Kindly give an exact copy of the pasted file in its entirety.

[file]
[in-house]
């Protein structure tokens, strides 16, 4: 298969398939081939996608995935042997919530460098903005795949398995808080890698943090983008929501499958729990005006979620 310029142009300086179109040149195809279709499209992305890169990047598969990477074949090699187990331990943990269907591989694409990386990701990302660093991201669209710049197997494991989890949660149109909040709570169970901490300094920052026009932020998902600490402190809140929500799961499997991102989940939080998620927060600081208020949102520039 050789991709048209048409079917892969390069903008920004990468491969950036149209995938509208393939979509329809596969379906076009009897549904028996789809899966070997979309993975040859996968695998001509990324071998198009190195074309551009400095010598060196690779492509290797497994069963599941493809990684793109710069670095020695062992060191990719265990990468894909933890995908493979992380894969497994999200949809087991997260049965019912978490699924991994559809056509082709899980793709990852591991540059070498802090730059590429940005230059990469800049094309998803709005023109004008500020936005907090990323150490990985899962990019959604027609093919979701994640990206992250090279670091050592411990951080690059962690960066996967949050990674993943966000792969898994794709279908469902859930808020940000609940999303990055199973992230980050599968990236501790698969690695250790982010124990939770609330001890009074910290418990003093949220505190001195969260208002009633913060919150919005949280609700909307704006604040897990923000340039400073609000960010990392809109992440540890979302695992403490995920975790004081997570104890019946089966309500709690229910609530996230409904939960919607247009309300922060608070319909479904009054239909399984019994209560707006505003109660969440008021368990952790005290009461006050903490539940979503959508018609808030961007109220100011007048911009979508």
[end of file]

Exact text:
[in-house]
């Protein structure tokens, strides 16, 4: 298969398939081939996608995935042997919530460098903005795949398995808080890698943090983008929501499958729990005006979620 310029142009300086179109040149195809279709499209992305890169990047598969990477074949090699187990331990943990269907591989694409990386990701990302660093991201669209710049197997494991989890949660149109909040709570169970901490300094920052026009932020998902600490402190809140929500799961499997991102989940939080998620927060600081208020949102520039 050789991709048209048409079917892969390069903008920004990468491969950036149209995938509208393939979509329809596969379906076009009897549904028996789809899966070997979309993975040859996968695998001509990324071998198009190195074309551009400095010598060196690779492509290797497994069963599941493809990684793109710069670095020695062992060191990719265990990468894909933890995908493979992380894969497994999200949809087991997260049965019912978490699924991994559809056509082709899980793709990852591991540059070498802090730059590429940005230059990469800049094309998803709005023109004008500020936005907090990323150490990985899962990019959604027609093919979701994640990206992250090279670091050592411990951080690059962690960066996967949050990674993943966000792969898994794709279908469902859930808020940000609940999303990055199973992230980050599968990236501790698969690695250790982010124990939770609330001890009074910290418990003093949220505190001195969260208002009633913060919150919005949280609700909307704006604040897990923000340039400073609000960010990392809109992440540890979302695992403490995920975790004081997570104890019946089966309500709690229910609530996230409904939960919607247009309300922060608070319909479904009054239909399984019994209560707006505003109660969440008021368990952790005290009461006050903490539940979503959508018609808030961007109220100011007048911009979508």